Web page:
The COVID-19 pandemic continues to affect the housing and financial stability of millions of renters and property owners. To help, Congress appropriated $25 billion in emergency rental assistance, and the Centers for Disease Control and Prevention (CDC) ordered a moratorium on residential evictions.
Yet, some eligible renters may experience challenges accessing these protections. Some renters may not know that they have to take action to become protected under the moratorium, and others may not understand all of the required steps. We recommended that the CDC implement an outreach plan to help renters better understand its eviction moratorium.
What GAO Found
Eviction moratoriums at the federal, state, and local levels reduced eviction filings during the COVID-19 pandemic; however, some eligible renters may not have benefitted from a recent federal moratorium. GAO's analysis of 63 jurisdictions found that the median rate of eviction filings was about 74 percent lower in the last week of July 2020—when a moratorium included in the CARES Act expired—than in the same week in 2019. Eviction filings remained lower throughout 2020 (relative to 2019) but gradually increased during a separate moratorium ordered by the Centers for Disease Control and Prevention (CDC) in September 2020 (see fig.). During this moratorium, jurisdictions without separate state or local moratoriums experienced larger increases in eviction filings, which suggests that some renters may not fully understand how to use the CDC moratorium (completing required documentation). CDC extended its moratorium through March 31, 2021, but has taken few steps to promote awareness and understanding of the moratorium and its requirements. Clear, accurate, and timely information is essential to keep the public informed during the pandemic. Without a communication and outreach plan, including federal coordination, CDC will be missing an opportunity to ensure that eligible renters avoid eviction.
Year-over-Year Percentage Change in Eviction Filings in 63 Jurisdictions
Note: Centers for Disease Control and Prevention's (CDC) moratorium is active through March 31, 2021. Local moratoriums include separate state or local eviction moratoriums. Unlike the CARES Act, CDC's moratorium does not prohibit eviction filings, which could explain some increases.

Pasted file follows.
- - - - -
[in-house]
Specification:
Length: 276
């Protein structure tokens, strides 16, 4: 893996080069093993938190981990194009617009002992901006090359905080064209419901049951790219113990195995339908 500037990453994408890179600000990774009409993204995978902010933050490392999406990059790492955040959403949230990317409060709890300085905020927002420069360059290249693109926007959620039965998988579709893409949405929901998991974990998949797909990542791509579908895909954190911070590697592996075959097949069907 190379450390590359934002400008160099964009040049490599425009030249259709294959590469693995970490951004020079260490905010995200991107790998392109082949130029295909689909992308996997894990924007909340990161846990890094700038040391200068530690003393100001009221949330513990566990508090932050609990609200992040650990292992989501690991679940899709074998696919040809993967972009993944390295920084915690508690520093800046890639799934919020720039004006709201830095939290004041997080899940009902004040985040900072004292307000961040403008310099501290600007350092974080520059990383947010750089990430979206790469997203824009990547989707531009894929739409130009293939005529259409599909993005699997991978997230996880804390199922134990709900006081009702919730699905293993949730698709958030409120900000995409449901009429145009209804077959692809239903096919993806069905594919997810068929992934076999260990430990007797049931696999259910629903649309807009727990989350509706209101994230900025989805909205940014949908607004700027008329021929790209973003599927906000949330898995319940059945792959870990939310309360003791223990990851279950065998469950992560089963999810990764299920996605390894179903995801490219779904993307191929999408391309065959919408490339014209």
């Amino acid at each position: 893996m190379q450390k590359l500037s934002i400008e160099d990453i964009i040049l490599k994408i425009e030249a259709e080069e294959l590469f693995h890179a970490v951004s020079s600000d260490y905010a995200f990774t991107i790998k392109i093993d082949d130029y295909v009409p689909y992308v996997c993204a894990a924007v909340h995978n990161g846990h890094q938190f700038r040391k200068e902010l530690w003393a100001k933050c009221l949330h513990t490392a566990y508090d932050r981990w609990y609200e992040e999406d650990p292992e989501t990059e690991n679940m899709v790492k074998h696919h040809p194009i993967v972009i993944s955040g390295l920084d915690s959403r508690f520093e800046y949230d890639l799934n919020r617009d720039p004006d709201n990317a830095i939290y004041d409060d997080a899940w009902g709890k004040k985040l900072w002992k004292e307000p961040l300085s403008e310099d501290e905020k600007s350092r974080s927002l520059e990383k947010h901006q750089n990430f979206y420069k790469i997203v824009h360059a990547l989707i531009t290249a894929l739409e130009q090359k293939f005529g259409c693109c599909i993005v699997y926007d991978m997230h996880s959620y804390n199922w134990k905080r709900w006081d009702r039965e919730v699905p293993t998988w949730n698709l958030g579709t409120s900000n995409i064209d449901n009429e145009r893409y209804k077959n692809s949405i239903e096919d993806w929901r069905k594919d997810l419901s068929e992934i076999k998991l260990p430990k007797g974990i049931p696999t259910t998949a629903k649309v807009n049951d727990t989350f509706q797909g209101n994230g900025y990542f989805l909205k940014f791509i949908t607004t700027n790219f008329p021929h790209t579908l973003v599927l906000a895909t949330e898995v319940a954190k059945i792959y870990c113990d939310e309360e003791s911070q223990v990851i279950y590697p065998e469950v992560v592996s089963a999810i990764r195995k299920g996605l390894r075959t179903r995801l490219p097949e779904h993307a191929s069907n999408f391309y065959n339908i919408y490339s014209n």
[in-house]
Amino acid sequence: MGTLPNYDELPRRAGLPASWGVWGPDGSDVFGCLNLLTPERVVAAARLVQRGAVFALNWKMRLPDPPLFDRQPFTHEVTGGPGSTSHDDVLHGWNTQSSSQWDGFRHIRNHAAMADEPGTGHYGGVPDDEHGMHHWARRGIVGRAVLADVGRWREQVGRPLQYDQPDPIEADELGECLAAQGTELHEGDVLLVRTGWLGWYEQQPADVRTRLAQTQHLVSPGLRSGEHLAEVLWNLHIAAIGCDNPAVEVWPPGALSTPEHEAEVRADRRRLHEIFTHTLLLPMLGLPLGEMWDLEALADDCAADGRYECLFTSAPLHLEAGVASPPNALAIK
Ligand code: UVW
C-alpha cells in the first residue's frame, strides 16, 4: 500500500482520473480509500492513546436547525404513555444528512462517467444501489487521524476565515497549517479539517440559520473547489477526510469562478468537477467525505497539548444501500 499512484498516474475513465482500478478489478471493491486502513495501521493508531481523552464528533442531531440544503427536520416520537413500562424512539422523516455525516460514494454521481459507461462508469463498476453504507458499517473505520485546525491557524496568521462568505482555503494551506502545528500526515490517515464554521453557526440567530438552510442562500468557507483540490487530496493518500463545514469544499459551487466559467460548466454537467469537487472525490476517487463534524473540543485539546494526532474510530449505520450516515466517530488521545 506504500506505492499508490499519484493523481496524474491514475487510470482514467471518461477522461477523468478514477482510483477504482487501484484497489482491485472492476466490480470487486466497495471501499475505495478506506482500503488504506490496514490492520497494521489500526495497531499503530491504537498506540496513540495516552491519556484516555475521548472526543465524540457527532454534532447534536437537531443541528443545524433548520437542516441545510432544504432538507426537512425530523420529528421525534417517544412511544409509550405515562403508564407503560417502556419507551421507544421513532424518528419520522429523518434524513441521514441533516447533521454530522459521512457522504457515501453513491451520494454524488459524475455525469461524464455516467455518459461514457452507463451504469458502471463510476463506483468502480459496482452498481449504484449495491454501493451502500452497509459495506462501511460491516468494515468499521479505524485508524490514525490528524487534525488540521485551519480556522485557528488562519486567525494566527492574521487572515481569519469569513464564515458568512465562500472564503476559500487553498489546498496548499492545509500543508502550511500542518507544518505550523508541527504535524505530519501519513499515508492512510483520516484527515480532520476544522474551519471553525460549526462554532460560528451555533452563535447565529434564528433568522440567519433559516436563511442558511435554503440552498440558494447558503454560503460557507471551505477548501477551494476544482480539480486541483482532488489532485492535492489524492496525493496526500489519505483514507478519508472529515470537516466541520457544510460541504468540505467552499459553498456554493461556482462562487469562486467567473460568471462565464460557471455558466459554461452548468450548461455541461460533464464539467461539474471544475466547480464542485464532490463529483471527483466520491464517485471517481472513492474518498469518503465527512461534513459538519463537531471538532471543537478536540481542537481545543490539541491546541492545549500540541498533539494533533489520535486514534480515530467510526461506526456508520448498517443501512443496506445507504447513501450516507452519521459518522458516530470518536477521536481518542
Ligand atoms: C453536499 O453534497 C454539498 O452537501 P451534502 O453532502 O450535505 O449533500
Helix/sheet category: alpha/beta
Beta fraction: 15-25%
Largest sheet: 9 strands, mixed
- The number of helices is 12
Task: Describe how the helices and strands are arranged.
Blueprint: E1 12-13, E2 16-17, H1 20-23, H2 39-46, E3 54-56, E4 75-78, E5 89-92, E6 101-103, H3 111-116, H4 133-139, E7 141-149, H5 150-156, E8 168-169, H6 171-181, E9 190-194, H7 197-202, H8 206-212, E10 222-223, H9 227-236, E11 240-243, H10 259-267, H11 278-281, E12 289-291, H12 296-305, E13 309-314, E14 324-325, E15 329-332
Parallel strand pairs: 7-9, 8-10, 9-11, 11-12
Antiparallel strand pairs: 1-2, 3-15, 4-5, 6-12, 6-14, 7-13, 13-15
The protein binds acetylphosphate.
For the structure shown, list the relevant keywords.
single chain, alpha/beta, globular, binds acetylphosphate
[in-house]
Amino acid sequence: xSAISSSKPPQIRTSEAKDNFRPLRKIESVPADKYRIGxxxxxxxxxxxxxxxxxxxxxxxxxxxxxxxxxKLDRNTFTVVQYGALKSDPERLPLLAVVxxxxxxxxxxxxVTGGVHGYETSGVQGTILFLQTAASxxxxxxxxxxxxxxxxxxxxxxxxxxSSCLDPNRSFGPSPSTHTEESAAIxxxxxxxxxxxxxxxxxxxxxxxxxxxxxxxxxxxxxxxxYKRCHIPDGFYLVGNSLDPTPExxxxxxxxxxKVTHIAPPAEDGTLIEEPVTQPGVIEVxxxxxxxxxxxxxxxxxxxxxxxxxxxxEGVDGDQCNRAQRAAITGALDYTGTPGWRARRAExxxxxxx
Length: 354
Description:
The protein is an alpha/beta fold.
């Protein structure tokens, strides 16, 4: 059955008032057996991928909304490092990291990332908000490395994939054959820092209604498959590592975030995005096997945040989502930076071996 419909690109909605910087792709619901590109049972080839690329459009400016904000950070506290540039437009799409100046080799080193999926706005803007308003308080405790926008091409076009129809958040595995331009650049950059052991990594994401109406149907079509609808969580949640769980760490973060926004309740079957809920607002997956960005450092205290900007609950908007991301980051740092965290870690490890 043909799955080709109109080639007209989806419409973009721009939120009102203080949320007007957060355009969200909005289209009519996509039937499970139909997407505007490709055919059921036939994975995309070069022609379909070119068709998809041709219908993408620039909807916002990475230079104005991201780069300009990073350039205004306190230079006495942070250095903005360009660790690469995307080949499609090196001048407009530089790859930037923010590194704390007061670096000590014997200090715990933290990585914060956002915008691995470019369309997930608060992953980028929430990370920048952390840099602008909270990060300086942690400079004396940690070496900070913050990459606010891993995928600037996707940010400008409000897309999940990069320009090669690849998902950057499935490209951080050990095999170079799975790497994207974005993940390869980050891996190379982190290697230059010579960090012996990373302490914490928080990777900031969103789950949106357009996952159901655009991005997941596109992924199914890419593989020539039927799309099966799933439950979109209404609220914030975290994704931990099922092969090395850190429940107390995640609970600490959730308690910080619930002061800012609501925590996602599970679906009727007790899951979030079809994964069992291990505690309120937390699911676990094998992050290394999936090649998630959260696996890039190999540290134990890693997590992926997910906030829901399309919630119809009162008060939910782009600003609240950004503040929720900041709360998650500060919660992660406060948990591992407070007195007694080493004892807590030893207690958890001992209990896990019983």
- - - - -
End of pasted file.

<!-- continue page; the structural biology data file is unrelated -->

By late January 2021, Treasury had disbursed 99 percent of the $25 billion in Emergency Rental Assistance funds to state and other eligible grantees responsible for making rent and utility payments to recipients. Treasury's initial program guidance issued that month did not fully define some program requirements and included requirements that could have delayed the delivery of funds or deter participation. In late February 2021, Treasury updated its guidance to address several of these concerns, such as by providing grantees with flexibility for prioritizing lower income applicants and allowing written attestation of income. Although the guidance did not clarify certain data collection and spending requirements, officials said they will continue to update guidance to address stakeholder concerns and strike a balance between accountability and administrative efficiency. GAO will continue to actively monitor these efforts.
Why GAO Did This Study
Millions of renters and property owners continue to experience housing instability and financial challenges during the COVID-19 pandemic. To address these concerns, Congress and CDC created eviction moratoriums, and Congress appropriated $25 billion to Treasury to disburse to state and local grantees to administer emergency rental assistance programs to help those behind on their rent.
The CARES Act includes a provision for GAO to monitor federal efforts related to COVID-19. This report examines, among other objectives, (1) how eviction moratoriums have contributed to housing stability during the pandemic and (2) Treasury's implementation of the Emergency Rental Assistance program.
GAO analyzed data on eviction filings and local policies in a sample of 63 jurisdictions (selected based on data availability) from January to December 2020. GAO also analyzed Census Bureau survey data on rental payments and data from federal housing entities on mortgage forbearance. GAO interviewed officials from CDC, Treasury, and organizations representing renters, property owners, and rental assistance grantees.
GAO recommends that CDC, in coordination with relevant federal entities, implement a communication and outreach plan designed to ensure renters and property owners are aware of the agency's eviction moratorium. Department of Health and Human Services disagreed with the recommendation. GAO continues to believe the recommendation is valid, as discussed in this report.
Recommendations for Executive Action
|Centers for Disease Control and Prevention||The Director of the Centers for Disease Control and Prevention, in coordination with other relevant federal entities, should develop and implement a communication and outreach plan designed to ensure that eligible renters and property owners are aware of and able to use the agency's moratorium to prevent eviction. (Recommendation 1)|